Sunday, August 07, 2005

Things I learnt today

On holiday, I had occasion to be bothered by a cranefly. Thats a daddy long legs, for those who prefer the unscientific name (makes them sounds like minature flying gangsters to me, but hey, whatever you want to think), or those freaky long legged things. As you might have noticed, they share the obsession with moths of heading towards lights. This can be frustrating when one has a single lamp, near ones head, and the damn things keep flying into you. This one was not too bad, it merely decided to fly repeatedly into the ceiling- clearly it evolved in a world in which any upwards obstacle could be dealt with by flying at it repeatedly. They must serve spiders well, although thinking about it I am fairly sure I saw a spider web up the ceiling earlier, so how it managed to avoid getting trapped I do not know.

However, craneflies occasionally have a bizzare habit, in that with the light switched off, they will continue their futile upwards progress, meaning as I attempted to go to sleep I got to hear the slightly disturbing noise of its frail body hitting the ceiling. Frequently.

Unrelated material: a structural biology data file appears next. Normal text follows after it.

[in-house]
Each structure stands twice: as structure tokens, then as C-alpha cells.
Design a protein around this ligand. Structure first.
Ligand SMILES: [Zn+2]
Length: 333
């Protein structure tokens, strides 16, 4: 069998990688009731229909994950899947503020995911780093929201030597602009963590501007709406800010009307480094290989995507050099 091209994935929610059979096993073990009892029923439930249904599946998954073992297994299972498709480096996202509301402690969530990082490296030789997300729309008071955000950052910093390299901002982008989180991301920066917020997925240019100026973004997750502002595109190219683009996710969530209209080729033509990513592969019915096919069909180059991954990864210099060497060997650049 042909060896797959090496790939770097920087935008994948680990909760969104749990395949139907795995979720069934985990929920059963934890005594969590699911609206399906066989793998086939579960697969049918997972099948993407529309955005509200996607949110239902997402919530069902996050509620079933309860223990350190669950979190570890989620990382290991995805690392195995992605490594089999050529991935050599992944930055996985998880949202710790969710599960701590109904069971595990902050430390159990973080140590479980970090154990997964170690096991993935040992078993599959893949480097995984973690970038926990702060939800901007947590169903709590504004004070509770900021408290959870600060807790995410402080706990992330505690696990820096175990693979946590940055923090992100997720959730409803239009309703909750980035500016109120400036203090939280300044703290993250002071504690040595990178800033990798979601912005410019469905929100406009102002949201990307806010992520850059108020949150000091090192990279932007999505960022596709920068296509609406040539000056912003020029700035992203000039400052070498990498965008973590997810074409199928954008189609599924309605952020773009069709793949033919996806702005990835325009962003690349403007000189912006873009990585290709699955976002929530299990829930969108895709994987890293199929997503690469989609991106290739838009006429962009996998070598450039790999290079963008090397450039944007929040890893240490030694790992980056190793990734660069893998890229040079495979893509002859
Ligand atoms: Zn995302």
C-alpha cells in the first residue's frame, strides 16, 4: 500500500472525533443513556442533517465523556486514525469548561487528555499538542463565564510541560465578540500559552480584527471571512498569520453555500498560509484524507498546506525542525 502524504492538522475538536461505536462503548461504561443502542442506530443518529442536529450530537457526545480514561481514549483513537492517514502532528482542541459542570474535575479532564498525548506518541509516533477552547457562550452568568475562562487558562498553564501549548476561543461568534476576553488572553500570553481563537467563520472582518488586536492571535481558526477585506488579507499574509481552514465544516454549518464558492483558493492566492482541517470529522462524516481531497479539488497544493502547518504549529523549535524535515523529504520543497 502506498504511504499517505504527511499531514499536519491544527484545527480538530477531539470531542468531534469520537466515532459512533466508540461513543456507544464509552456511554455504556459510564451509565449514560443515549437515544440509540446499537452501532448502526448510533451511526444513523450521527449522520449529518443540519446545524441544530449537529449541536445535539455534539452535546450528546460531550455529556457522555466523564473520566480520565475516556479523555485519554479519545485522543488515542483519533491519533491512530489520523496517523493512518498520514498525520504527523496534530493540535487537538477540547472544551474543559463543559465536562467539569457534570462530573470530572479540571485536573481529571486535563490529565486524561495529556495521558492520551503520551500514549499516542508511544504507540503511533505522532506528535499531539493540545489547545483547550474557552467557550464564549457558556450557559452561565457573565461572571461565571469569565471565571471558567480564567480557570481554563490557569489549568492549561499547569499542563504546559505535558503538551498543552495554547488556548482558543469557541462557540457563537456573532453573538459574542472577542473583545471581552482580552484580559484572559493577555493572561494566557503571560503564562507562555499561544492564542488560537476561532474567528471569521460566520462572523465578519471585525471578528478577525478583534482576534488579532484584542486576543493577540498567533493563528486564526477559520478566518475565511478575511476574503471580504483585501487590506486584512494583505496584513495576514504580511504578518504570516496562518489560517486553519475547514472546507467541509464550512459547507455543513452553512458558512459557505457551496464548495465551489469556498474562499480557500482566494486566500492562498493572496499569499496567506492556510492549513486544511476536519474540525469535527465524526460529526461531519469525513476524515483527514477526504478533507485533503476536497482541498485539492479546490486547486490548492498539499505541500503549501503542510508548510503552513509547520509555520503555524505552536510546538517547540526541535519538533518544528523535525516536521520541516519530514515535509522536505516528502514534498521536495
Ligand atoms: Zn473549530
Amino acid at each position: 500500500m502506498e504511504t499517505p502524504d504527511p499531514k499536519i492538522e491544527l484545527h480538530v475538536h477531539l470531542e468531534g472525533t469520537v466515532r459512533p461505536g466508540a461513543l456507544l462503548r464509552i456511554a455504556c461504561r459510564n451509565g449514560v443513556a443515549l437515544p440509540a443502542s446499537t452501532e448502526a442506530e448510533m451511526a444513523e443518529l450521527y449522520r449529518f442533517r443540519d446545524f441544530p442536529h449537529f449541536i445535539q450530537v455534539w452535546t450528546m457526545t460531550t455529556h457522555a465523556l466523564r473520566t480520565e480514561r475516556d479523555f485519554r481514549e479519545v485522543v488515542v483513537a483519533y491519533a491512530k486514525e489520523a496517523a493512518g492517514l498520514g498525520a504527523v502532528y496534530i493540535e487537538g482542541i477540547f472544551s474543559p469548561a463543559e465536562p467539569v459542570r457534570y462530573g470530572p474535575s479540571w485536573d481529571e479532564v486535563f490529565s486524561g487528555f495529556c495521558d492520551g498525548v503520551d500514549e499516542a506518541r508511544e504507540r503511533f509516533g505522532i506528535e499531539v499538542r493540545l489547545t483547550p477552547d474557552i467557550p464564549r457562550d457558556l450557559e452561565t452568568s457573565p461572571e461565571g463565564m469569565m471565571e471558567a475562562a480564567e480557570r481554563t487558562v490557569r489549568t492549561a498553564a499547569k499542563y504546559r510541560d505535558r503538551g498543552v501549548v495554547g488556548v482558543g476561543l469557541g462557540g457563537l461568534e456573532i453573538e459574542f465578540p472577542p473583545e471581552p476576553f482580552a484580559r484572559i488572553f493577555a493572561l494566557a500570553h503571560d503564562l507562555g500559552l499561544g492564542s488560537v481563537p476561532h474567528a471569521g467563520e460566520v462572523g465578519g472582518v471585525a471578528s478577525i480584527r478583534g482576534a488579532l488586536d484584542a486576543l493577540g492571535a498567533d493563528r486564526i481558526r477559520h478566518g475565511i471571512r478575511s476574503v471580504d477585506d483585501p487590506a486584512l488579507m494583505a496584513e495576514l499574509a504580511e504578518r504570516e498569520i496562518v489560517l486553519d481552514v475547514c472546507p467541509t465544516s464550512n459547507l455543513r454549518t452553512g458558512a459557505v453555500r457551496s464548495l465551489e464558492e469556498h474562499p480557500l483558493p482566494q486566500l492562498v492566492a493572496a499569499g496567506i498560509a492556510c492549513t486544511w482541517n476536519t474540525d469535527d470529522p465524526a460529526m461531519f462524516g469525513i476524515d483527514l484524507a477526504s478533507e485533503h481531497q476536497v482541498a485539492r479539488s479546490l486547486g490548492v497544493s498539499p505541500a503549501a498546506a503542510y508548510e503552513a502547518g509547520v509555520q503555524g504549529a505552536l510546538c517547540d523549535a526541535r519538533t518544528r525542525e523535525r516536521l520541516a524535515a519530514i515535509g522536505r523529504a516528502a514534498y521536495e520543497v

I decided to research craneflies, apparently they are very succesful creatures, and are also have amazing facts about them (well, according to this site anyway). It did not mention the thing about bright lights, and this being one of the things that had bothered me during childhood (including WHY is the sky blue, how do fridges work, and what kind of weather causes snow or hail), I decided to research it.

Well, according to the department of energy, we don't actually know! There is a theory that particularly bright moonlight would help them to navigate, but... the moon moves about, doesn't it? I mean surely as a method of navigation, heading towards a not necessarily stationary object is not the best. Perhaps craneflies live short enough lives that they can breed in one place, then fly off in a circle to get food, coming back again to breed and then probably die. And moths too. I doubt this can be true- surely relying on the moon to navigate is a deeply unreliable method, especially in somewhere like the UK, which is overcast pretty much all the time. Which is probably why it isn't a completely accepted theory.

So yeah, those are the deep thoughts that occured to me while in the lake district. I'm thinking wordsowrth probably had more productive lines of thought than I did. But then, he's a poet, and I am a scientist. Well, mathematician, but in a way thats the purest science. Or at least, thats what we like to snobbishly claim.


At 3:32 pm, Blogger Kirbie said...

I spent today researching spiders, well not all of today - i mean I spent a small amount of time reseraching spiders today. Interesting coincidence perhaps.


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